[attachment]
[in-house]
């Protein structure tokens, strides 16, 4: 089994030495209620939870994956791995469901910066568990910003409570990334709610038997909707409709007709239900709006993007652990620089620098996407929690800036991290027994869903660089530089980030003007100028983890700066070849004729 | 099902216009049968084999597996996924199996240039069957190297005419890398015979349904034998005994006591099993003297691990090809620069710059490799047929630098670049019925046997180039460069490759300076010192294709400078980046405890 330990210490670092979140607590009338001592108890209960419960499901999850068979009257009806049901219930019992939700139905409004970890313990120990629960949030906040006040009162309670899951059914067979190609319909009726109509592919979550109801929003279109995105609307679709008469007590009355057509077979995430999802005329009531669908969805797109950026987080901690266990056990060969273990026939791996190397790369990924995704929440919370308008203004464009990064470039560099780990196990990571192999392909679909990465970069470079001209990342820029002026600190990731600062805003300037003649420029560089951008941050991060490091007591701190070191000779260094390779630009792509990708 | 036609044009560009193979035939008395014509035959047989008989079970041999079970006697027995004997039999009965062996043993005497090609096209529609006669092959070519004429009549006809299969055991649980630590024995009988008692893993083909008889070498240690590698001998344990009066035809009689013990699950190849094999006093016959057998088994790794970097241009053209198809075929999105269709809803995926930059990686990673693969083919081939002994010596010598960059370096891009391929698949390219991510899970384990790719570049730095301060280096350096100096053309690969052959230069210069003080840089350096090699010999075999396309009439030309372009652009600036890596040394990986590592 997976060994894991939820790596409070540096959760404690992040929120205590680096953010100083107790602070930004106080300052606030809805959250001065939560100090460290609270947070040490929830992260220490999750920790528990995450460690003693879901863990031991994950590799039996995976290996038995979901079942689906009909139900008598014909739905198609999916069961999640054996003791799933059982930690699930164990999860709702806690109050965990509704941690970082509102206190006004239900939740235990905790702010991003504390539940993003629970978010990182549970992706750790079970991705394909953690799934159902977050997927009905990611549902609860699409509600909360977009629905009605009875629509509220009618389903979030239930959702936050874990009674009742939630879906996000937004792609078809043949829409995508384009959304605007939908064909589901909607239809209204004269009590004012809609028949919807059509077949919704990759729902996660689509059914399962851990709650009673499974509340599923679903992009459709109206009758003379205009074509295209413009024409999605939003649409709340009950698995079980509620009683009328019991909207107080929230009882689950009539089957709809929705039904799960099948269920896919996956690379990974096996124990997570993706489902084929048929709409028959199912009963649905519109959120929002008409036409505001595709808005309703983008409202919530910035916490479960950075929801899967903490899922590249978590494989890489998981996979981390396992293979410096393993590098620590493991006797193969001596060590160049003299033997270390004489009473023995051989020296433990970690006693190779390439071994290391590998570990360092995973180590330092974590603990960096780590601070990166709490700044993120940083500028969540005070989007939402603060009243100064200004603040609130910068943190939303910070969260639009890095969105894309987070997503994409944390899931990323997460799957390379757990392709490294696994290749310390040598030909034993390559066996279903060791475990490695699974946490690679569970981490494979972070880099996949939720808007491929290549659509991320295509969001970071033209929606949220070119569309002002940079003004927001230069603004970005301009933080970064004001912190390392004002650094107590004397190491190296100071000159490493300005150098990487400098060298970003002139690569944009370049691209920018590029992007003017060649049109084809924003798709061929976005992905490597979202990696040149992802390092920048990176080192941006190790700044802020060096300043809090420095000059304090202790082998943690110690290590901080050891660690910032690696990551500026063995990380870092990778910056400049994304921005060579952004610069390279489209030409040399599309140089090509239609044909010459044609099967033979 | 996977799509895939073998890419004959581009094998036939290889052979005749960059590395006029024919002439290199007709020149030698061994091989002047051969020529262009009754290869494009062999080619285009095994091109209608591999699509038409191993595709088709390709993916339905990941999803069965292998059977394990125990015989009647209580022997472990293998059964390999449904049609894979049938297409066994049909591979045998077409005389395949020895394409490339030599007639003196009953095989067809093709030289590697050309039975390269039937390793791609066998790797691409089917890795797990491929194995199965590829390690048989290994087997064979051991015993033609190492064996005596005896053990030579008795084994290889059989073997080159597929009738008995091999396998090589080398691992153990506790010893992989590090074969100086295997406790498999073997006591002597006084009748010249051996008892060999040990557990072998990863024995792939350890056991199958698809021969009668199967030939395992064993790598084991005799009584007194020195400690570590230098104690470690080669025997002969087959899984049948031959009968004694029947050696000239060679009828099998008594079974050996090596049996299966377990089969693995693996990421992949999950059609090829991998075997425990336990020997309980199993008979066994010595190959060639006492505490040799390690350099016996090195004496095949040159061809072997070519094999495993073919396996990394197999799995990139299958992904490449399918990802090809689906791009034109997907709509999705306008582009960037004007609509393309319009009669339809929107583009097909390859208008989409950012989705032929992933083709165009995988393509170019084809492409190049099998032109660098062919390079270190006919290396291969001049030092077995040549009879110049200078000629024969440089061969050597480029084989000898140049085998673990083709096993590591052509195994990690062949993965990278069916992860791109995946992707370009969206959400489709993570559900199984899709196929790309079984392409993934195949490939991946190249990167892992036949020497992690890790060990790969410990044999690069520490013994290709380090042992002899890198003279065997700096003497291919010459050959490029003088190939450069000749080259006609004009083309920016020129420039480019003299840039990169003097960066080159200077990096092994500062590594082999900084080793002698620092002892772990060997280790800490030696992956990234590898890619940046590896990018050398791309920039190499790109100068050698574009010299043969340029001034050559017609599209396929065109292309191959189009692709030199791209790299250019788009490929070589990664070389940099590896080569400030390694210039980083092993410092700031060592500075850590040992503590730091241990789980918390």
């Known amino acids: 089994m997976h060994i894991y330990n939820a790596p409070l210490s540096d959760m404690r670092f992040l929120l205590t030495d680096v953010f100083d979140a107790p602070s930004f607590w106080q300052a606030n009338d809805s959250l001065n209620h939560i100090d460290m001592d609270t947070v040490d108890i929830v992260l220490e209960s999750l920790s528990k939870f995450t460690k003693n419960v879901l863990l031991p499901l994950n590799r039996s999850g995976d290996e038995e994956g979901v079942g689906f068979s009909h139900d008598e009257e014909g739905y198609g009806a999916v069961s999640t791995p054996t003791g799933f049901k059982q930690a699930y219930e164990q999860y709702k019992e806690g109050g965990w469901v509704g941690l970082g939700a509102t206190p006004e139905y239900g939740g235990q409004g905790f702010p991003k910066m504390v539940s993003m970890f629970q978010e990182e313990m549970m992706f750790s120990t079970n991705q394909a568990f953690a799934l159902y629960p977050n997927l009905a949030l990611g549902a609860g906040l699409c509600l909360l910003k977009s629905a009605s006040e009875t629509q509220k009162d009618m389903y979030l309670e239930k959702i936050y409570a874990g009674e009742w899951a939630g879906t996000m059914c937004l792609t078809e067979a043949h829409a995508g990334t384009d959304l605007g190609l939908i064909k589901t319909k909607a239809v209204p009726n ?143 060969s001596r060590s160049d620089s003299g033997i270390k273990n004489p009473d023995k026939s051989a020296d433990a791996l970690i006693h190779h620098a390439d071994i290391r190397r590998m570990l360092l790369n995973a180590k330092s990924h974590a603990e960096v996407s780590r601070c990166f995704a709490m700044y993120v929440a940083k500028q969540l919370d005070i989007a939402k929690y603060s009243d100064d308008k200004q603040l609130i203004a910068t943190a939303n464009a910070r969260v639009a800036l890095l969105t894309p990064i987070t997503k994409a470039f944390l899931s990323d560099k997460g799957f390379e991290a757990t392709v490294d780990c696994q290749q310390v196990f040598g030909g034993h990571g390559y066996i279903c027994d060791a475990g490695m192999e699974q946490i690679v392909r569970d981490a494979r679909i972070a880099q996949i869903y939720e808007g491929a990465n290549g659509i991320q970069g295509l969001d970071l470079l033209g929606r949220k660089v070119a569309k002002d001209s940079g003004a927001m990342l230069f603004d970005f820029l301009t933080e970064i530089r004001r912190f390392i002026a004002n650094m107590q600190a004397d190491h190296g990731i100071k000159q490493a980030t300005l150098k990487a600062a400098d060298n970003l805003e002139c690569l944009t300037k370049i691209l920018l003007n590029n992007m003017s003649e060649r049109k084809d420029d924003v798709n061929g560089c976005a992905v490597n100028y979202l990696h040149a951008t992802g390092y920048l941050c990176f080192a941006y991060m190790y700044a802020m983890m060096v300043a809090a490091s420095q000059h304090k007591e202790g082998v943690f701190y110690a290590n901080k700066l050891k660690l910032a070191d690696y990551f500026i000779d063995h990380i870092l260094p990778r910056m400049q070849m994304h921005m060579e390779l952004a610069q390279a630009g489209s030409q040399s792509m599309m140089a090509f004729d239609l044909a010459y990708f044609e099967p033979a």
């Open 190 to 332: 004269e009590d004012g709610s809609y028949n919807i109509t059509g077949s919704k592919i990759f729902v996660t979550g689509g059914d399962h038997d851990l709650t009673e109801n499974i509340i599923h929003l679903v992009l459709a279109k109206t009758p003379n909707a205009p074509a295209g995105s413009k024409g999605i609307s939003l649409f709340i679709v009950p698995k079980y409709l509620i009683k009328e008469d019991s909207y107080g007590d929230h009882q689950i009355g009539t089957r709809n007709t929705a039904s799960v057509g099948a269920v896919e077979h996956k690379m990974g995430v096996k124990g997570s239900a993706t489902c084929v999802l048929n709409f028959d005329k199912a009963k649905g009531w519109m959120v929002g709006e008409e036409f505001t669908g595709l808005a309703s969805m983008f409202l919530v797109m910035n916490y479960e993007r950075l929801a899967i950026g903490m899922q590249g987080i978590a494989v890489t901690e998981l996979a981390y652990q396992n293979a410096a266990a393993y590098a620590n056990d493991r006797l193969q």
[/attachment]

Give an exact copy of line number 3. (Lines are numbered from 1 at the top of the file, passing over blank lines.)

């Known amino acids: 089994m997976h060994i894991y330990n939820a790596p409070l210490s540096d959760m404690r670092f992040l929120l205590t030495d680096v953010f100083d979140a107790p602070s930004f607590w106080q300052a606030n009338d809805s959250l001065n209620h939560i100090d460290m001592d609270t947070v040490d108890i929830v992260l220490e209960s999750l920790s528990k939870f995450t460690k003693n419960v879901l863990l031991p499901l994950n590799r039996s999850g995976d290996e038995e994956g979901v079942g689906f068979s009909h139900d008598e009257e014909g739905y198609g009806a999916v069961s999640t791995p054996t003791g799933f049901k059982q930690a699930y219930e164990q999860y709702k019992e806690g109050g965990w469901v509704g941690l970082g939700a509102t206190p006004e139905y239900g939740g235990q409004g905790f702010p991003k910066m504390v539940s993003m970890f629970q978010e990182e313990m549970m992706f750790s120990t079970n991705q394909a568990f953690a799934l159902y629960p977050n997927l009905a949030l990611g549902a609860g906040l699409c509600l909360l910003k977009s629905a009605s006040e009875t629509q509220k009162d009618m389903y979030l309670e239930k959702i936050y409570a874990g009674e009742w899951a939630g879906t996000m059914c937004l792609t078809e067979a043949h829409a995508g990334t384009d959304l605007g190609l939908i064909k589901t319909k909607a239809v209204p009726n ?143 060969s001596r060590s160049d620089s003299g033997i270390k273990n004489p009473d023995k026939s051989a020296d433990a791996l970690i006693h190779h620098a390439d071994i290391r190397r590998m570990l360092l790369n995973a180590k330092s990924h974590a603990e960096v996407s780590r601070c990166f995704a709490m700044y993120v929440a940083k500028q969540l919370d005070i989007a939402k929690y603060s009243d100064d308008k200004q603040l609130i203004a910068t943190a939303n464009a910070r969260v639009a800036l890095l969105t894309p990064i987070t997503k994409a470039f944390l899931s990323d560099k997460g799957f390379e991290a757990t392709v490294d780990c696994q290749q310390v196990f040598g030909g034993h990571g390559y066996i279903c027994d060791a475990g490695m192999e699974q946490i690679v392909r569970d981490a494979r679909i972070a880099q996949i869903y939720e808007g491929a990465n290549g659509i991320q970069g295509l969001d970071l470079l033209g929606r949220k660089v070119a569309k002002d001209s940079g003004a927001m990342l230069f603004d970005f820029l301009t933080e970064i530089r004001r912190f390392i002026a004002n650094m107590q600190a004397d190491h190296g990731i100071k000159q490493a980030t300005l150098k990487a600062a400098d060298n970003l805003e002139c690569l944009t300037k370049i691209l920018l003007n590029n992007m003017s003649e060649r049109k084809d420029d924003v798709n061929g560089c976005a992905v490597n100028y979202l990696h040149a951008t992802g390092y920048l941050c990176f080192a941006y991060m190790y700044a802020m983890m060096v300043a809090a490091s420095q000059h304090k007591e202790g082998v943690f701190y110690a290590n901080k700066l050891k660690l910032a070191d690696y990551f500026i000779d063995h990380i870092l260094p990778r910056m400049q070849m994304h921005m060579e390779l952004a610069q390279a630009g489209s030409q040399s792509m599309m140089a090509f004729d239609l044909a010459y990708f044609e099967p033979a």